Influential Factors of Medication Adherence in the HIV-Positive African-American Female Population

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The Ohio State University

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Medication adherence of antiretroviral therapy (ART) is a critical factor of the quality of life in people living with HIV/AIDS. Near perfect levels of medication adherence is needed to optimally suppress viral load, though they are not frequently achieved. African American women constitute as the biggest group of women living with HIV/AIDS. Currently, the relationship between medication adherence and African American HIV-positive women is not clearly understood, but is vital to the livelihood of this population. We performed a systematic review in order to understand what factors influence medication adherence in African American HIV-positive women. We examined peer-reviewed studies published between 2006 and 2016 using a variety of databases. An initial search yielded 808 studies, of which 14 studies met our inclusion criteria. Conspiracy beliefs, medical mistrust, social support, stigma, and depression appear to impact medication adherence in this population. Healthcare providers must foster trusting relationships with their patients, be able to identify barriers of emotional support, and address mental health in their treatment plans.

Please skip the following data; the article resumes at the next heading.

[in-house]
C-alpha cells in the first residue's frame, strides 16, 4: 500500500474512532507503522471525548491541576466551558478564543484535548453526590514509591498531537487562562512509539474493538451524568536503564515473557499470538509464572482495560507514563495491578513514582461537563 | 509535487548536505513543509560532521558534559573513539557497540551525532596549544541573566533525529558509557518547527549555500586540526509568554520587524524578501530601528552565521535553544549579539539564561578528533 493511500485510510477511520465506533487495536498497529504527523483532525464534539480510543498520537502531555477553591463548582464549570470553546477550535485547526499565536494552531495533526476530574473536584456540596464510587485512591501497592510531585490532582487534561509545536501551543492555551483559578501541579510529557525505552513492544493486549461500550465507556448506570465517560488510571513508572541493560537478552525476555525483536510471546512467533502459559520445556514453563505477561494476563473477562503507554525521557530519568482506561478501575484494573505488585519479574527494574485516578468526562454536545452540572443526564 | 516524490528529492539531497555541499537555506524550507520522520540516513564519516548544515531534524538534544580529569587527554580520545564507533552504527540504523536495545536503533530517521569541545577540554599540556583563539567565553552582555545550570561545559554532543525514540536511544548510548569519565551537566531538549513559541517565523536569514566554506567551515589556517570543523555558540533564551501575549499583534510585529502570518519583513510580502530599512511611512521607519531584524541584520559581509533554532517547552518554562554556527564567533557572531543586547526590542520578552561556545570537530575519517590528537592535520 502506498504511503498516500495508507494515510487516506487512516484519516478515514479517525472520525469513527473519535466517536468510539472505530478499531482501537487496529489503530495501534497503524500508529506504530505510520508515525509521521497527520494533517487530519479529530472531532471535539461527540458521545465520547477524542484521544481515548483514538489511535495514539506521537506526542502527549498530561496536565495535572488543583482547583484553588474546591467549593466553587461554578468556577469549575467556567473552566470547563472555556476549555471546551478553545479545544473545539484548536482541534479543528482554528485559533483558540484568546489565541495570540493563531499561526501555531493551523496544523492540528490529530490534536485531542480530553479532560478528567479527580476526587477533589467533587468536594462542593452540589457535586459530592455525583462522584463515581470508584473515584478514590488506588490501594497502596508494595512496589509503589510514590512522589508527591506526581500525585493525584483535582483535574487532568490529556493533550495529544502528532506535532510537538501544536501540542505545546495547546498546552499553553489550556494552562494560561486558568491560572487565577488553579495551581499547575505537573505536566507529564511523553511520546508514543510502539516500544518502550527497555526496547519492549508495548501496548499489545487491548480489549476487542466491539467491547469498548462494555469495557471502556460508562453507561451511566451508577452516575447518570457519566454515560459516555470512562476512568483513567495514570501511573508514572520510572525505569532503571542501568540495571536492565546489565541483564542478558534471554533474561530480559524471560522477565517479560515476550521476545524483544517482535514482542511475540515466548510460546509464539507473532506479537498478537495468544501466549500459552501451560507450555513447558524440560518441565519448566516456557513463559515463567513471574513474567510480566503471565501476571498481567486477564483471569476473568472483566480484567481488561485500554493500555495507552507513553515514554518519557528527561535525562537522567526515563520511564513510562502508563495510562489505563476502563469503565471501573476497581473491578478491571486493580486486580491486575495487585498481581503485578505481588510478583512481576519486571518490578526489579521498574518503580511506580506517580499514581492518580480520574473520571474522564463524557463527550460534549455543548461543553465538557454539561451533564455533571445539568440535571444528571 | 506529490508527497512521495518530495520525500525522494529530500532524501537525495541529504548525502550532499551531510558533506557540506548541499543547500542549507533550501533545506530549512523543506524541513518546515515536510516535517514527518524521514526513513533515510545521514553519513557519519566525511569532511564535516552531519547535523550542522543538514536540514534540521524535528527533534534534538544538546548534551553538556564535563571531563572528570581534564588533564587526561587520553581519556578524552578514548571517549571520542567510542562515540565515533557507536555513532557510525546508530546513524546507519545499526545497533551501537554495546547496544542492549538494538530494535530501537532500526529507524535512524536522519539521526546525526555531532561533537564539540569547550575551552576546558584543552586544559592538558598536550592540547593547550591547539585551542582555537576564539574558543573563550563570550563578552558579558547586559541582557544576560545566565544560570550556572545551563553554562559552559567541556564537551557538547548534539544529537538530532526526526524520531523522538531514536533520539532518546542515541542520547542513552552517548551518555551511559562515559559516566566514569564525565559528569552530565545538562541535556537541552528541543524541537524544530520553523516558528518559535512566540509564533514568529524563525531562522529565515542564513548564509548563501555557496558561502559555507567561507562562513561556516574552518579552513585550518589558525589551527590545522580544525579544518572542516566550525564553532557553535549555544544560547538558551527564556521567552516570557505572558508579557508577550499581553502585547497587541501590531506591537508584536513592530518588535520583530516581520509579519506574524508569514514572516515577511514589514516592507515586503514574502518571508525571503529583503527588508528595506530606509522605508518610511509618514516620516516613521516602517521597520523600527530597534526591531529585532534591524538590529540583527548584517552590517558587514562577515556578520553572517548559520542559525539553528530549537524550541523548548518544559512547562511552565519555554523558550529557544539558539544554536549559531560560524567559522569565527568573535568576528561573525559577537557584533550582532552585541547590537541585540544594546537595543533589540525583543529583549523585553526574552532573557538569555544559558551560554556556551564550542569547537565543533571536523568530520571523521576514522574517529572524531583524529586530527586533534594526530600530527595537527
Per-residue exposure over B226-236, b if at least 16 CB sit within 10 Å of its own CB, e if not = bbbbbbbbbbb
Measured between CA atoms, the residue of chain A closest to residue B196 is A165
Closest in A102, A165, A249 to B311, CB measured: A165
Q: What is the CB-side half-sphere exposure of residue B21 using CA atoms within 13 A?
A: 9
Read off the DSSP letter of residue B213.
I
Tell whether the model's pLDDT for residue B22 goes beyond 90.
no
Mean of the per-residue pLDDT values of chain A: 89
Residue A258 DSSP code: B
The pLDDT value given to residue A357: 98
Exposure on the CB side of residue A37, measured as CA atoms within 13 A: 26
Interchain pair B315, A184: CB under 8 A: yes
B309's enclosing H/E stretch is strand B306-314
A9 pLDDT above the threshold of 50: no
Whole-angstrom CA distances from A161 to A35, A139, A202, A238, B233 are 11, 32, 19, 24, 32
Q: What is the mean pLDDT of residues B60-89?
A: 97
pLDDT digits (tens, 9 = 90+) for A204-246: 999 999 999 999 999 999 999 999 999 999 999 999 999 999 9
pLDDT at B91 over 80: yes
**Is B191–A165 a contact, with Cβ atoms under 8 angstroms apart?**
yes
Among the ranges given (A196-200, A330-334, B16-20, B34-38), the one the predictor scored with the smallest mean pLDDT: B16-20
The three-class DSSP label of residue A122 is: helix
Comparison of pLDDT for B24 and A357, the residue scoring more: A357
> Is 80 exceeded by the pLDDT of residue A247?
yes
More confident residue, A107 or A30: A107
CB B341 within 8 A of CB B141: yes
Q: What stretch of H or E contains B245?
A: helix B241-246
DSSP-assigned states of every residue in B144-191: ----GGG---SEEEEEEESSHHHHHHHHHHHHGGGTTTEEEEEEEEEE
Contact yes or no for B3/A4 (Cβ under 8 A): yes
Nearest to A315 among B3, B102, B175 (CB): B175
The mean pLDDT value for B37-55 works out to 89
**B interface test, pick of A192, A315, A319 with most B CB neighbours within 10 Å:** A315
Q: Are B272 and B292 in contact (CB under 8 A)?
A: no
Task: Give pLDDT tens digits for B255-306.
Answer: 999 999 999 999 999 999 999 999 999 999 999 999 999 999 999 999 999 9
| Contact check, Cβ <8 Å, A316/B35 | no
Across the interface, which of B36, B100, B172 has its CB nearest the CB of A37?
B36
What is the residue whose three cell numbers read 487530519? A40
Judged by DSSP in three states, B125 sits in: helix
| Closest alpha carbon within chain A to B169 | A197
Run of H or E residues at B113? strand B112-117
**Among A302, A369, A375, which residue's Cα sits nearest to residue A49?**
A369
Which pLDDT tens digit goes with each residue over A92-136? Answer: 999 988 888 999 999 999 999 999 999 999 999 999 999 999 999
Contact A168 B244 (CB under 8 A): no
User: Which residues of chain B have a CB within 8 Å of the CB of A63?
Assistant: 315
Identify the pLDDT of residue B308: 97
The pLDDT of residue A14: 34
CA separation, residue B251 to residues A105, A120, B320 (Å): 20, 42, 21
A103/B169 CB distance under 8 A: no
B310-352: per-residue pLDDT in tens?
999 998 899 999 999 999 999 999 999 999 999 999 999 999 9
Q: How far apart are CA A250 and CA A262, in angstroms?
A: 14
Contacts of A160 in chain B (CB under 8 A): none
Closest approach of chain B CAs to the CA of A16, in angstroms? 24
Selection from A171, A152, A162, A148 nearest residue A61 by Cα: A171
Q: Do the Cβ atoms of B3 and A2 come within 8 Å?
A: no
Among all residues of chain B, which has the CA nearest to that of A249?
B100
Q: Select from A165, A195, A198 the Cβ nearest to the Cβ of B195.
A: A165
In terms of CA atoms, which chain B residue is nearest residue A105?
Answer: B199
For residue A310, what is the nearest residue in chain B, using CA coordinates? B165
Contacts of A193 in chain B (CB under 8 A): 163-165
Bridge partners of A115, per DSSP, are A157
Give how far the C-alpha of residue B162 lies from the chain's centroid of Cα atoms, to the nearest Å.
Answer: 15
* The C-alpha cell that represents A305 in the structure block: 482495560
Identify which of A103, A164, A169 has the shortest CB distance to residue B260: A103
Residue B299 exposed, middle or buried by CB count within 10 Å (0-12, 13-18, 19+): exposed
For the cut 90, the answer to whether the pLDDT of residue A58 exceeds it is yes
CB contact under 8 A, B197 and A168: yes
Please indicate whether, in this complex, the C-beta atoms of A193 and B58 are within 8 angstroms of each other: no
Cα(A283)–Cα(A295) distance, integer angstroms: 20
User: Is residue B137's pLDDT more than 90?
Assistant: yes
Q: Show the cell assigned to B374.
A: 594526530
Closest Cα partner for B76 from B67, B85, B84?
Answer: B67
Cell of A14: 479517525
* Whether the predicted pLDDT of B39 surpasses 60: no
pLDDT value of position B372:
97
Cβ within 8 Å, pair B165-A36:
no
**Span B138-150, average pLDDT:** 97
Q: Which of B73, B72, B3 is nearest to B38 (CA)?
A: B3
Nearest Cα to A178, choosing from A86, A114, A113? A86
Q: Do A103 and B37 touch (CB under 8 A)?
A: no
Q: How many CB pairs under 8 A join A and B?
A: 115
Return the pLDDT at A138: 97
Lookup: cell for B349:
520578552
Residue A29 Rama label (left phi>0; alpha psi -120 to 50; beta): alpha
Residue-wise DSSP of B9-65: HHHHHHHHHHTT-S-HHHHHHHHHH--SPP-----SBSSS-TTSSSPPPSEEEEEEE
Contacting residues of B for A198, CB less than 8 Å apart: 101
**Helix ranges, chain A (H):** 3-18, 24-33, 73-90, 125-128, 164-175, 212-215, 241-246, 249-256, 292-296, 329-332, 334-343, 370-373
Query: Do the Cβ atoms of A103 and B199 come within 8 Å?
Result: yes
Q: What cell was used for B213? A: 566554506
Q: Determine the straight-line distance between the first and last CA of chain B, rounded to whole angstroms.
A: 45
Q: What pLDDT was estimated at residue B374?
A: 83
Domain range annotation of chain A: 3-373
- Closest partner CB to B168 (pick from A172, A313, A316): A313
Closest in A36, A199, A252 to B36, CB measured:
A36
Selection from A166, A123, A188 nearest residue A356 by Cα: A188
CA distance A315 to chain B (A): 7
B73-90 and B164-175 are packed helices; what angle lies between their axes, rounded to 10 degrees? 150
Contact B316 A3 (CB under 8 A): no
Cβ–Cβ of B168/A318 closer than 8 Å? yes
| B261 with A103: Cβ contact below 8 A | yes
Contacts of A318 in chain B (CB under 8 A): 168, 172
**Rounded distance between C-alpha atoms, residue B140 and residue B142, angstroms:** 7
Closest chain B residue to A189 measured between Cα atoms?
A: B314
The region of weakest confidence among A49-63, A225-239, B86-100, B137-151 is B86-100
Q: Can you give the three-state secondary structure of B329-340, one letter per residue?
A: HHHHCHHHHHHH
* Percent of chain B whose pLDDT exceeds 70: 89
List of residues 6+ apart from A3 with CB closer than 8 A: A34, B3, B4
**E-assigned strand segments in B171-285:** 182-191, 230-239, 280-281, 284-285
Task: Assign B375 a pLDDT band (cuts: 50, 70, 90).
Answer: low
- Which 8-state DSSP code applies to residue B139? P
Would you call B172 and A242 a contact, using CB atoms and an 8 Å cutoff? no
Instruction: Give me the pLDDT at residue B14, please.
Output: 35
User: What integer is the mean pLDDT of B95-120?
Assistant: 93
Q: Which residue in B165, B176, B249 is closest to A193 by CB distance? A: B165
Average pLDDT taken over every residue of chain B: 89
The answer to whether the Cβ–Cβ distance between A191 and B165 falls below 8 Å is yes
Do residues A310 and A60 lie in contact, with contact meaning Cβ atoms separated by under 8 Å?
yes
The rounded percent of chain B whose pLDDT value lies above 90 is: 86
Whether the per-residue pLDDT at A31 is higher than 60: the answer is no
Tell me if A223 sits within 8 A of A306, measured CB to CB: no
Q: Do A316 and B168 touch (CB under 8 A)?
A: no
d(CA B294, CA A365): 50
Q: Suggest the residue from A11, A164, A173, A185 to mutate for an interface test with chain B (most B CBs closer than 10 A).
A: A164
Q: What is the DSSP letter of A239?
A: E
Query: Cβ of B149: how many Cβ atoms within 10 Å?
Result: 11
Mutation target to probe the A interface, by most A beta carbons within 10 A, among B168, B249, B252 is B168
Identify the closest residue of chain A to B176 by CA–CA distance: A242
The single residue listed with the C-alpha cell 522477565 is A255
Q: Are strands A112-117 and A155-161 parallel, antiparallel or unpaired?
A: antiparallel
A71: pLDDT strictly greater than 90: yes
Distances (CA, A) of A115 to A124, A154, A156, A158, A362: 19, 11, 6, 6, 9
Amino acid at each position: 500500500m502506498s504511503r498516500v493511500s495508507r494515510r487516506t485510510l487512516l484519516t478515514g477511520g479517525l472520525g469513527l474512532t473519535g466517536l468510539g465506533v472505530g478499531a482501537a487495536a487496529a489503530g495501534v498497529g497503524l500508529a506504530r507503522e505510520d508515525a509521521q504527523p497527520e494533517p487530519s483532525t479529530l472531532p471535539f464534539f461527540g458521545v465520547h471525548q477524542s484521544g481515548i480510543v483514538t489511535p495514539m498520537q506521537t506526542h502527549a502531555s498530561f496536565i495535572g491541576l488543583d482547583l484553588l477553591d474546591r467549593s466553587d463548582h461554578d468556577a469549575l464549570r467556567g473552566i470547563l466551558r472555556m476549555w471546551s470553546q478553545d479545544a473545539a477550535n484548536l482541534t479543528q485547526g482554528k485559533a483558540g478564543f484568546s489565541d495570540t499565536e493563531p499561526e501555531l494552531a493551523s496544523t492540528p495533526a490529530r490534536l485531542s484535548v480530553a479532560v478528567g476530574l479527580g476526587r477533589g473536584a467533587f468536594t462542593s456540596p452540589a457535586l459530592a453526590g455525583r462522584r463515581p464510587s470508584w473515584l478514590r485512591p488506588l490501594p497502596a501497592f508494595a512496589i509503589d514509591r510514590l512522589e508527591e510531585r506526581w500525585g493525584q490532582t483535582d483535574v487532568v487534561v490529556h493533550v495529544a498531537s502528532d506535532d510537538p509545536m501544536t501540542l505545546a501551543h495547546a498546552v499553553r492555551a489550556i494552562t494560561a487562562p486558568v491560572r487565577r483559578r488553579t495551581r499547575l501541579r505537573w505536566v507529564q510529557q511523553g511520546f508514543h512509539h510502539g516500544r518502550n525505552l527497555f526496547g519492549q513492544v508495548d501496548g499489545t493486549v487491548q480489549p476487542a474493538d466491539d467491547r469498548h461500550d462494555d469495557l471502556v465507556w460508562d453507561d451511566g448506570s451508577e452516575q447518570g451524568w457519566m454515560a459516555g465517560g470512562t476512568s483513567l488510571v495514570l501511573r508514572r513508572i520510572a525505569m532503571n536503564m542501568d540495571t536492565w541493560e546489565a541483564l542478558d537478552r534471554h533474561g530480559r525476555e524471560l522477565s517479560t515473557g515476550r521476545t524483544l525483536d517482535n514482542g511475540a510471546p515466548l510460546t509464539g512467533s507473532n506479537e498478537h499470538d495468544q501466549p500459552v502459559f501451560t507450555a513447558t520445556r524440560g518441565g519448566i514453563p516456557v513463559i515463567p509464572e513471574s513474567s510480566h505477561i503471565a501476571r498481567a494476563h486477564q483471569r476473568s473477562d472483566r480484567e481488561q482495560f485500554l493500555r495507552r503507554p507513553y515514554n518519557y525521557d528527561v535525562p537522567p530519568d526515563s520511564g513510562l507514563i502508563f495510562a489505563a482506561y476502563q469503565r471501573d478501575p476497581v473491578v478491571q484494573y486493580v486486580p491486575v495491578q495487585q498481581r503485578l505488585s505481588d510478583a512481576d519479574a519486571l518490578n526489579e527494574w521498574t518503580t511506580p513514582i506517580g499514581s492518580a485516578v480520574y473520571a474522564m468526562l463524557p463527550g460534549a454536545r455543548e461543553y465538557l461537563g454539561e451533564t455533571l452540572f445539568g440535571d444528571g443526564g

HIV, AIDS, compliance, African-American, medication, women